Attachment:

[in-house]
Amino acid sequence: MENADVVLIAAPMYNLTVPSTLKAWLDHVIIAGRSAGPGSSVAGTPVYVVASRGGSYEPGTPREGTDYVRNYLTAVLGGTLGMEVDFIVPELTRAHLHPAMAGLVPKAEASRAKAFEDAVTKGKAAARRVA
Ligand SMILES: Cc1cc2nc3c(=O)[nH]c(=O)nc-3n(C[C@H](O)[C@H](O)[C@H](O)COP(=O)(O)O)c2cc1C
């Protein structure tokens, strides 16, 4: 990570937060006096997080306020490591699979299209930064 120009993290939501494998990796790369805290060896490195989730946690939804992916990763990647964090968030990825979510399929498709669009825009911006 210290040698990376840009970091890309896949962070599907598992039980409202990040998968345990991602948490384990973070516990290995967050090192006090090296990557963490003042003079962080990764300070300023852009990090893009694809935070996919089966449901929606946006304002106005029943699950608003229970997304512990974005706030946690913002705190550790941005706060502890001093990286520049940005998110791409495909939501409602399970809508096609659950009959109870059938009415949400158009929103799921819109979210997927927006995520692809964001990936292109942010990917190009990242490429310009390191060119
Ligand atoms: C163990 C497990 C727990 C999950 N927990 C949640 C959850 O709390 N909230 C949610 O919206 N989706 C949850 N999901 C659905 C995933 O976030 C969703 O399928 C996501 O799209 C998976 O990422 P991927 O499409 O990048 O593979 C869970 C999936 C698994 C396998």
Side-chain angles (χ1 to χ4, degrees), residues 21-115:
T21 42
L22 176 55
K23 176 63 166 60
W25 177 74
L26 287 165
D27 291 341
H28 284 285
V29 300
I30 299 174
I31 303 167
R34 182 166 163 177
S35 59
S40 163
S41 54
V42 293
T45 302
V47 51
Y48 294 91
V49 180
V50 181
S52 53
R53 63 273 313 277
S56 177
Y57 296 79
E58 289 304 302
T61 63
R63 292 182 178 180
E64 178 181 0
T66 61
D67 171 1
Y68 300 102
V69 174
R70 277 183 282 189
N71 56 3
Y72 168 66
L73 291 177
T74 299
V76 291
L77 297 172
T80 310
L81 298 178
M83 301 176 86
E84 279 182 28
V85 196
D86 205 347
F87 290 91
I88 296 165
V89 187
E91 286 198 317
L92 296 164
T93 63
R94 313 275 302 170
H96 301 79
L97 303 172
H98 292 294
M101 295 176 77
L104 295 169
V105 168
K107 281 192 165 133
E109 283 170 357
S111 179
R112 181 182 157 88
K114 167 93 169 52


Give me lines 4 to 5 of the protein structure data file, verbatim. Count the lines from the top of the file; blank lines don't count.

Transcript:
């Protein structure tokens, strides 16, 4: 990570937060006096997080306020490591699979299209930064 120009993290939501494998990796790369805290060896490195989730946690939804992916990763990647964090968030990825979510399929498709669009825009911006 210290040698990376840009970091890309896949962070599907598992039980409202990040998968345990991602948490384990973070516990290995967050090192006090090296990557963490003042003079962080990764300070300023852009990090893009694809935070996919089966449901929606946006304002106005029943699950608003229970997304512990974005706030946690913002705190550790941005706060502890001093990286520049940005998110791409495909939501409602399970809508096609659950009959109870059938009415949400158009929103799921819109979210997927927006995520692809964001990936292109942010990917190009990242490429310009390191060119
Ligand atoms: C163990 C497990 C727990 C999950 N927990 C949640 C959850 O709390 N909230 C949610 O919206 N989706 C949850 N999901 C659905 C995933 O976030 C969703 O399928 C996501 O799209 C998976 O990422 P991927 O499409 O990048 O593979 C869970 C999936 C698994 C396998």